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Rise of the B Corp

In the first post of our blog series “The Dimensions of Doing Good”, we introduced the challenge of setting a new responsibility standard in business, singling out the B Corp Certification as one of the earliest pioneers in doing so.  In this post, we will discuss the birth of the Benefit Corporation as a legal entity, and how Certified B Corps are rising to meet the challenge of serving all stakeholders, not just fiscal shareholders.

For-Profit or Not-For-Profit

At its core, US corporate legal structure is simple: a business is either for-profit or not-for-profit. But even in this simple model, companies that strive to do good for the world around them can fall prey to shareholder pressure and Wall Street expectations.

For-profits were victim to pressure to abandon social and environmental goals for the sake of maximizing ROI for shareholders.  Dodge v Ford, for example, challenged Henry Ford’s desire to “spread the benefits of the industrialized society with as many people as possible” when he was accused of spending shareholder dividends for community benefit. The ruling determined that “[it] is the obligation of directors to attempt, within the law, to maximize the long-run interests of the corporation’s stockholders.”  In a similar theme, renowned economist Milton Friedman famously purported that the only responsibility of business is to its shareholders.

Non-profits, on the other hand, were often forced to take a singular focus on their mission, often at the expense of other community and societal stakeholders. They may be further limited in the impact they have due to their inability to raise capital and grow. This system of “stockholder capitalism” did not allow those businesses with People-Planet-Profit-minded missions to carry them out.

In response to these dilemmas faced by the for-profit and not-for-profit model and the inherent shortcomings of the corporate system in 20th century America, the Benefit Corporation was born. BLab Certification – the Birth of B Corp Recognizing that the outdated corporate legal framework did not serve for-profit companies with triple bottom line missions, the non-profit organization B Lab sought to create a set of standards to help analyze sustainability-minded corporations, and in doing so, advocate for a new corporate structure that could prosper financially while putting purpose at the center of their business.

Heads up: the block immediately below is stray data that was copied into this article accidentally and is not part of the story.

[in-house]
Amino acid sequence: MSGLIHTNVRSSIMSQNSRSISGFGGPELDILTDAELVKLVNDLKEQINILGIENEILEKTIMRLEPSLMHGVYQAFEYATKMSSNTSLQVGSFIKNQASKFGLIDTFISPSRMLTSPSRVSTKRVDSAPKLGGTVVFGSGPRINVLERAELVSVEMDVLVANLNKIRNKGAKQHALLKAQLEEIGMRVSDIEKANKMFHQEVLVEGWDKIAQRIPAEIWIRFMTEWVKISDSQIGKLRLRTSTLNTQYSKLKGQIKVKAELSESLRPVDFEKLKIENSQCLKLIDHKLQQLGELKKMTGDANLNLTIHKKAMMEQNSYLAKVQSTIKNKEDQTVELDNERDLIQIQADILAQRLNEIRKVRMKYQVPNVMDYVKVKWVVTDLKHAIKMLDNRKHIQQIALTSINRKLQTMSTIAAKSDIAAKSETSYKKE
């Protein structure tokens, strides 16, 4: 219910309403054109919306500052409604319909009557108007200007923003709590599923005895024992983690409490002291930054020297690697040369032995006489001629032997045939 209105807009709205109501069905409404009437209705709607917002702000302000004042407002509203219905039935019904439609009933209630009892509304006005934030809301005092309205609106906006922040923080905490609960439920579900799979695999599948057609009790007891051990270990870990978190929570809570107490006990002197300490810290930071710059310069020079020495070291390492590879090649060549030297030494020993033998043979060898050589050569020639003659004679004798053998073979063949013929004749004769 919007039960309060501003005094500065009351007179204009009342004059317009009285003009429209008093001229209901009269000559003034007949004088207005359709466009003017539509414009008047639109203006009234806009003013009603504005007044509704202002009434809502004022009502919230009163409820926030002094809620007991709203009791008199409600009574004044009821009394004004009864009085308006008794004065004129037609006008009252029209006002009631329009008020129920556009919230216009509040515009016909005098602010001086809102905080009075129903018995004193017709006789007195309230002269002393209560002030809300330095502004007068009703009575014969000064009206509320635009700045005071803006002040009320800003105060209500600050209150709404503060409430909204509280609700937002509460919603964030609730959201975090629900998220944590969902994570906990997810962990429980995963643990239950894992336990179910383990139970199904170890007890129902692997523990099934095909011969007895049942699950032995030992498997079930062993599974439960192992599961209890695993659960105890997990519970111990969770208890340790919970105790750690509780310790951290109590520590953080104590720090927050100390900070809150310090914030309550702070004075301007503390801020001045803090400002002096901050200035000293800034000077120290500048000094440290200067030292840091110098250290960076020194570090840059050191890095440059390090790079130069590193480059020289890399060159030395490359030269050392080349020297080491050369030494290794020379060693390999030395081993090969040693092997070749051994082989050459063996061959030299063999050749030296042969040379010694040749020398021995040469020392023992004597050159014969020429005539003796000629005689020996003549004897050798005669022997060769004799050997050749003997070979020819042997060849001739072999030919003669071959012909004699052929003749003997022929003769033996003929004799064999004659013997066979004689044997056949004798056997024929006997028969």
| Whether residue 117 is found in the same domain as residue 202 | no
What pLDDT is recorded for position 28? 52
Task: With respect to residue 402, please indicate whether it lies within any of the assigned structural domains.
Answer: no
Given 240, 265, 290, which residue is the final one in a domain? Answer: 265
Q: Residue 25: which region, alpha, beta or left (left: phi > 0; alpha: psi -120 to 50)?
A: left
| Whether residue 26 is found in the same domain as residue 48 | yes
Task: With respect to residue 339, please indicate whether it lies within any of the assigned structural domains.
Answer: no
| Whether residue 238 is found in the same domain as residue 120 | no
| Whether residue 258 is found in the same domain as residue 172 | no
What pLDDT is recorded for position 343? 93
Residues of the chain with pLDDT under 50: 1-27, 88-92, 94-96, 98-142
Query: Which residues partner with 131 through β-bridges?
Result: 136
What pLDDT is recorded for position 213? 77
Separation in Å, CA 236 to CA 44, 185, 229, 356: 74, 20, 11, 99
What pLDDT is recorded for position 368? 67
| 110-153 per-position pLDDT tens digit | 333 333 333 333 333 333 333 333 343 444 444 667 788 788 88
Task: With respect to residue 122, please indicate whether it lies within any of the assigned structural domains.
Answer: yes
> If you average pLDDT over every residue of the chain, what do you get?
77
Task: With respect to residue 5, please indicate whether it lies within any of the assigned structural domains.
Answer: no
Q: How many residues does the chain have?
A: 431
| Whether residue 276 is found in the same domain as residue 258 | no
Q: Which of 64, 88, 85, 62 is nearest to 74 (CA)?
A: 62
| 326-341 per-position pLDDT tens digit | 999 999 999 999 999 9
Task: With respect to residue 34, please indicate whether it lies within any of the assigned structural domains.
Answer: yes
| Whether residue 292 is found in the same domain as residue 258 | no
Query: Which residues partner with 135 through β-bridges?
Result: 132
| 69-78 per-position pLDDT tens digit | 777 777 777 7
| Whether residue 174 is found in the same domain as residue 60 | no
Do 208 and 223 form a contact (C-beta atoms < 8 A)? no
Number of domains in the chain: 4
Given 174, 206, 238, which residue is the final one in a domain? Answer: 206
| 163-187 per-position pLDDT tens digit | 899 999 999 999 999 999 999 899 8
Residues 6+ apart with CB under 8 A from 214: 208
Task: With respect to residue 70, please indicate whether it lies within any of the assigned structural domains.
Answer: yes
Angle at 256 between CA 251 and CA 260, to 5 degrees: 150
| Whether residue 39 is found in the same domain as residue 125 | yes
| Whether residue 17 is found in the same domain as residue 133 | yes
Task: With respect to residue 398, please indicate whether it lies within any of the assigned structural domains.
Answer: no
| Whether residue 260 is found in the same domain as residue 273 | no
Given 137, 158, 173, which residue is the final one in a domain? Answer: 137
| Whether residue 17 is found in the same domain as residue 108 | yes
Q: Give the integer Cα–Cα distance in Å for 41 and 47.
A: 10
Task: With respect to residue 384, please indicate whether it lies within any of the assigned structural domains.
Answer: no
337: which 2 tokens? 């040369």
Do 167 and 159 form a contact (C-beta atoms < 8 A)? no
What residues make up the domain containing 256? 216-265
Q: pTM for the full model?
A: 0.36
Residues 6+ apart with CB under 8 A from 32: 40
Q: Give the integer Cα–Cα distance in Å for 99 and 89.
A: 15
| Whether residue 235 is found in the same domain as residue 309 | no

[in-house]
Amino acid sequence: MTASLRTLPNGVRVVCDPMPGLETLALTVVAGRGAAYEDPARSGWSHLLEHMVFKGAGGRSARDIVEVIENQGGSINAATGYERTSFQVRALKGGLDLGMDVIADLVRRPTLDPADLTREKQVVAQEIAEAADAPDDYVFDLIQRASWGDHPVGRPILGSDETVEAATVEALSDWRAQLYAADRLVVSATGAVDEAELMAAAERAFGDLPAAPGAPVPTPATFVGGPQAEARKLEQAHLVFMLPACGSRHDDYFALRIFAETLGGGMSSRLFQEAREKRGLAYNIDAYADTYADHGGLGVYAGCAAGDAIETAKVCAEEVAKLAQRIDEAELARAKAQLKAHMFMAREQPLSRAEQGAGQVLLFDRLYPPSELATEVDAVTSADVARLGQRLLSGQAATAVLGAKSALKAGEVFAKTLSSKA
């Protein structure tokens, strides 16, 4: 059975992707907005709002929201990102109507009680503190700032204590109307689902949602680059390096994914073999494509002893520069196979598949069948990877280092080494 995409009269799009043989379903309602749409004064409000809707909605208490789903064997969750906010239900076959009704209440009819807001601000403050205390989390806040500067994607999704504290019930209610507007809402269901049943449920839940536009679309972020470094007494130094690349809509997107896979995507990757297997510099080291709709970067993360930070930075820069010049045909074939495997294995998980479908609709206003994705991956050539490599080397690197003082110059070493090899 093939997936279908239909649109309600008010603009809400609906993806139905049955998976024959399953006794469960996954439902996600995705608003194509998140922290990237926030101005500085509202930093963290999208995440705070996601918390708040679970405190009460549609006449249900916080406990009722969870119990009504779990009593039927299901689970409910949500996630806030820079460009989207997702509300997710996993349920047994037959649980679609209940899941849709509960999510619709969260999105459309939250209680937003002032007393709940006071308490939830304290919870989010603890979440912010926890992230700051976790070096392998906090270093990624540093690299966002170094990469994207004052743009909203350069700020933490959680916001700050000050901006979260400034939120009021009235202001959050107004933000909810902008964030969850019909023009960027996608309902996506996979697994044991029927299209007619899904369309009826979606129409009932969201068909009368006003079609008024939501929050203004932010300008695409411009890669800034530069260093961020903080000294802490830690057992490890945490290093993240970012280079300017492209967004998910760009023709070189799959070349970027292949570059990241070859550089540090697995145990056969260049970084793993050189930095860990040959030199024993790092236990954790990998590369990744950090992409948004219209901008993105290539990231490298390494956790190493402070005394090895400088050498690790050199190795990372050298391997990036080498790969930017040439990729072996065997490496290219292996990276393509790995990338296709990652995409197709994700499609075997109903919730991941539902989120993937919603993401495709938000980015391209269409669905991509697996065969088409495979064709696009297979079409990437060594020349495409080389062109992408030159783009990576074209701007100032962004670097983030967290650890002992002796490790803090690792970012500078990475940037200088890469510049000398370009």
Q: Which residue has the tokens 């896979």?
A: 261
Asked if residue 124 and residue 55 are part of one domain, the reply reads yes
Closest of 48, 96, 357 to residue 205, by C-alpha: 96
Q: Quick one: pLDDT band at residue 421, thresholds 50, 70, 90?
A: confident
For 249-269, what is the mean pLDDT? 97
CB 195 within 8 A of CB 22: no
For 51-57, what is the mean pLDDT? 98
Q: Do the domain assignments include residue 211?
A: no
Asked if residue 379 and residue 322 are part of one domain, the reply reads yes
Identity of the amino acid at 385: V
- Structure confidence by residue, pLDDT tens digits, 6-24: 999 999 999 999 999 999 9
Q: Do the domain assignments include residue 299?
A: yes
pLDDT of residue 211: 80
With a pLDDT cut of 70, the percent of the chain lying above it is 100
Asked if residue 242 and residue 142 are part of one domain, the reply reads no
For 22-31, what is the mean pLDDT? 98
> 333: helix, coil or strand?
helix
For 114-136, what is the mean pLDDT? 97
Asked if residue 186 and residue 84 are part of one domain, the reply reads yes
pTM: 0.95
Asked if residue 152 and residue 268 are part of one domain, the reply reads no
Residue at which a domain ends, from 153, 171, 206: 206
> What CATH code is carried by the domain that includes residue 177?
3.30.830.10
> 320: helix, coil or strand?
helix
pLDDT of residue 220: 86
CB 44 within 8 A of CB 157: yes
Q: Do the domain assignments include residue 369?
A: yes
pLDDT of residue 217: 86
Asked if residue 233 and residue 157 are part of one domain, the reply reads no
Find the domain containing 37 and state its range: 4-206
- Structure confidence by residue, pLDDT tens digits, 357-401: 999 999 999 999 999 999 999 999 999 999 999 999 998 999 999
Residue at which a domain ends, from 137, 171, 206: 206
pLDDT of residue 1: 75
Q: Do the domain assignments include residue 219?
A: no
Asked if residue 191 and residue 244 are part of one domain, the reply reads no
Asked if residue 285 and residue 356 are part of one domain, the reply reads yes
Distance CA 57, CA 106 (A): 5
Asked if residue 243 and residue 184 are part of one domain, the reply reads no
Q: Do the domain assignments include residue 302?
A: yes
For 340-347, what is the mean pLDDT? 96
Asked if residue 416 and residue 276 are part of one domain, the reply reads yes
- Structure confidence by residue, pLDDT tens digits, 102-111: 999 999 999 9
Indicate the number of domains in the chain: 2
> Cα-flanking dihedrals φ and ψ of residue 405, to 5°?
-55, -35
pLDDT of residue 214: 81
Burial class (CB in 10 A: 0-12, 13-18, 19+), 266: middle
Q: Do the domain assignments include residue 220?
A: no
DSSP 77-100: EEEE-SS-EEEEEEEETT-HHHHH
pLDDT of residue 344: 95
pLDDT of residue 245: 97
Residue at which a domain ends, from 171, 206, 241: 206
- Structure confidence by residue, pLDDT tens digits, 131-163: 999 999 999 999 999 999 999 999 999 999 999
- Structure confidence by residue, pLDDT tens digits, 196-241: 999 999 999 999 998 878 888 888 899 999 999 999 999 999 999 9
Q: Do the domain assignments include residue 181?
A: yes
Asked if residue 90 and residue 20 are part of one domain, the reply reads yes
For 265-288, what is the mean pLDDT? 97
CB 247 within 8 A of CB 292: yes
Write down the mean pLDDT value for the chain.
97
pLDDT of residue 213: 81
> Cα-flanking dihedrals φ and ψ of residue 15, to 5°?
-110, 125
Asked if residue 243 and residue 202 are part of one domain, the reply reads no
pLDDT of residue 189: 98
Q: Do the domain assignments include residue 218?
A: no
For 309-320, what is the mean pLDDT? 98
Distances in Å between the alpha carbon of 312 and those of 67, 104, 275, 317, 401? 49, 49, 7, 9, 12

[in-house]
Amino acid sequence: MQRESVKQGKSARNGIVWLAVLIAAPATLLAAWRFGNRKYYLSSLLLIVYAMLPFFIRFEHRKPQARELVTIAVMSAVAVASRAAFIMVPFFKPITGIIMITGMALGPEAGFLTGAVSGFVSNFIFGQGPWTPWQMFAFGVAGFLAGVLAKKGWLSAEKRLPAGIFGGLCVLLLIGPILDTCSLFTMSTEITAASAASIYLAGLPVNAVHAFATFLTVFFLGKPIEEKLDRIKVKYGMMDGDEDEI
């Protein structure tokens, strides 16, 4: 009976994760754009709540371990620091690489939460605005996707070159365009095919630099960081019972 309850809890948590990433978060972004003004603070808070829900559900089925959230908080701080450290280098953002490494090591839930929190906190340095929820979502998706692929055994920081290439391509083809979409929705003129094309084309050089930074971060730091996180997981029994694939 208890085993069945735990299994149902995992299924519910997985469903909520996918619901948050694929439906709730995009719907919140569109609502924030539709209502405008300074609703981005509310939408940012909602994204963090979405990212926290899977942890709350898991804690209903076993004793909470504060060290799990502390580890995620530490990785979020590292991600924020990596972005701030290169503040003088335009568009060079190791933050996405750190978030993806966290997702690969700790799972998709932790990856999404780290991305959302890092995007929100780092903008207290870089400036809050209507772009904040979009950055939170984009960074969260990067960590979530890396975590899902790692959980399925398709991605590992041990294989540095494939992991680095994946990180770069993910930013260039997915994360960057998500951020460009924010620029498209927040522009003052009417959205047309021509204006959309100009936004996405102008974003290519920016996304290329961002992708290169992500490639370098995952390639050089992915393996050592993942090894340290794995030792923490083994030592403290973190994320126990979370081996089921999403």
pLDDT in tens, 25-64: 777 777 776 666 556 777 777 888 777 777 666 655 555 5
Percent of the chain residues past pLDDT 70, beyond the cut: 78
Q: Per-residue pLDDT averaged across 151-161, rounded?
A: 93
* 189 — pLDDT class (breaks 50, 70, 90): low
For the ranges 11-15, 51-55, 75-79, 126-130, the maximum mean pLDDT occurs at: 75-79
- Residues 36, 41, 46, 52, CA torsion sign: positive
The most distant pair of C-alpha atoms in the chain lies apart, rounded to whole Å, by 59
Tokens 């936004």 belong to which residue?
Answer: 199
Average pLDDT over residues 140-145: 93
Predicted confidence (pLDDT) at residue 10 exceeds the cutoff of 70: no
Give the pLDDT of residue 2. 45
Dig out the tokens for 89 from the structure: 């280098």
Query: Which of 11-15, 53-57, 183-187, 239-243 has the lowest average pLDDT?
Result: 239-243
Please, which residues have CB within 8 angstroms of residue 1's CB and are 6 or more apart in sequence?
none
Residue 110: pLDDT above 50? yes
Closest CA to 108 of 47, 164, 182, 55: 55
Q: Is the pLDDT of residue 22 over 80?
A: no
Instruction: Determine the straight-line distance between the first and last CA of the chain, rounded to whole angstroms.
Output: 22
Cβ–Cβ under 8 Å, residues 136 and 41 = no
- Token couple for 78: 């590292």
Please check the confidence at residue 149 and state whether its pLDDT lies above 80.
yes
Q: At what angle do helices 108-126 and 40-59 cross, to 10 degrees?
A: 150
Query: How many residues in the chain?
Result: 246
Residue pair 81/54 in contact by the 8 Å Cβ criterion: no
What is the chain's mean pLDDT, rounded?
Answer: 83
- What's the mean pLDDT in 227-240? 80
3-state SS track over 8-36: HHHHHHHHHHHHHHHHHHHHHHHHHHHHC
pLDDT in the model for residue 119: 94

B Lab continues to promote this mission with its B Corp certification (separate from the legal status of Benefit Corporation), granting the title to those purpose-driven corporations who meet rigorous performance and legal requirements, while also leading the initiative to legally recognize corporate entities that choose to practice in a socially responsible manner. Alphabet Soup (B Corp v. S Corp v. C Corp) Thanks to the efforts of B Lab, many states have adopted a corporate legal structure (a la S Corp and C Corp) called the Benefit Corporation, or B Corp.

A company that declares its structure as a B Corp is legally required to focus on all stakeholders in its business and not just its shareholders, establishing an obligation to “create a material positive impact on society and the environment and to meet higher standards of accountability and transparency”. The ideals, practices and values of the Benefit Corporation are not a fad, nor do they reflect the sentiment of a minority.  The Benefit Corporation White Paper expresses figures such as the following:

  • 86% of consumers would switch from their current brand to a brand that is socially responsible when price and quality are equal
  • 69% of employees consider the social and environmental track record of the company they decide to work for
  • 88% of MBA grads are willing to take a pay cut to work at a company with ethical business practices over one that does not

Today this new corporate entity, the Benefit Corporation, is legally recognized in 12 states and 14 more have Benefit Corporation legislation in the works. The true legacy of B Corps is not in the inherent good that they are doing for the environment, nor is it in the positive returns of social mindedness. By setting the standards for accountability, transparency, and advocating for the legal recognition of a new corporate entity, B Corps are taking initiative as the pioneers of a new sector of the economy and the catalyst of change in American society from one of Shareholder Capitalism to Stakeholder Capitalism. The true legacy of the B Corp is the path that it has set and a legal framework to follow so that the next generation of entrepreneurs and investors are spared the cost of trial and error and may continue to build businesses that seek to create value for all stakeholders – shareholders, customers, employees, suppliers, the community, and the environment.